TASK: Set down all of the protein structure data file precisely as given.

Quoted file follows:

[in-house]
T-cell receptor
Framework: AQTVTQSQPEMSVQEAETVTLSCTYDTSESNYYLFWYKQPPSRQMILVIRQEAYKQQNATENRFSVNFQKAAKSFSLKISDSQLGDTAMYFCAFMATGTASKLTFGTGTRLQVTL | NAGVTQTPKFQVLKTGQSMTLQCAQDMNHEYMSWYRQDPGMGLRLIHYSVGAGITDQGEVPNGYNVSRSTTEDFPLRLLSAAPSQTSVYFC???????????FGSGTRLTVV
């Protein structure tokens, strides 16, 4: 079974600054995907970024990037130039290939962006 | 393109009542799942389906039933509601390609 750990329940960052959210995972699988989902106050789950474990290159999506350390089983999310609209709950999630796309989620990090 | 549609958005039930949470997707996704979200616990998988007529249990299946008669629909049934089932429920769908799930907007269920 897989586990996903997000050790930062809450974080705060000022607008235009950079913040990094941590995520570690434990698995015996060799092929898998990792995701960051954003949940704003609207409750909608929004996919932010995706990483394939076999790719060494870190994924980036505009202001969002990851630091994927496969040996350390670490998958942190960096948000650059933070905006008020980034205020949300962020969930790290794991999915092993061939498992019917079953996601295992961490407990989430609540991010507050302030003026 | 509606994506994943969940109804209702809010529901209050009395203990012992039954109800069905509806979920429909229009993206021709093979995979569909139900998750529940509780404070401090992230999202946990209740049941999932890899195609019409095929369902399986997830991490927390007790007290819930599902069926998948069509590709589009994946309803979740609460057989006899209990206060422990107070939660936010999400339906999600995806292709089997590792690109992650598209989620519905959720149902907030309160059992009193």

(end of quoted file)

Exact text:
[in-house]
T-cell receptor
Framework: AQTVTQSQPEMSVQEAETVTLSCTYDTSESNYYLFWYKQPPSRQMILVIRQEAYKQQNATENRFSVNFQKAAKSFSLKISDSQLGDTAMYFCAFMATGTASKLTFGTGTRLQVTL | NAGVTQTPKFQVLKTGQSMTLQCAQDMNHEYMSWYRQDPGMGLRLIHYSVGAGITDQGEVPNGYNVSRSTTEDFPLRLLSAAPSQTSVYFC???????????FGSGTRLTVV
């Protein structure tokens, strides 16, 4: 079974600054995907970024990037130039290939962006 | 393109009542799942389906039933509601390609 750990329940960052959210995972699988989902106050789950474990290159999506350390089983999310609209709950999630796309989620990090 | 549609958005039930949470997707996704979200616990998988007529249990299946008669629909049934089932429920769908799930907007269920 897989586990996903997000050790930062809450974080705060000022607008235009950079913040990094941590995520570690434990698995015996060799092929898998990792995701960051954003949940704003609207409750909608929004996919932010995706990483394939076999790719060494870190994924980036505009202001969002990851630091994927496969040996350390670490998958942190960096948000650059933070905006008020980034205020949300962020969930790290794991999915092993061939498992019917079953996601295992961490407990989430609540991010507050302030003026 | 509606994506994943969940109804209702809010529901209050009395203990012992039954109800069905509806979920429909229009993206021709093979995979569909139900998750529940509780404070401090992230999202946990209740049941999932890899195609019409095929369902399986997830991490927390007790007290819930599902069926998948069509590709589009994946309803979740609460057989006899209990206060422990107070939660936010999400339906999600995806292709089997590792690109992650598209989620519905959720149902907030309160059992009193």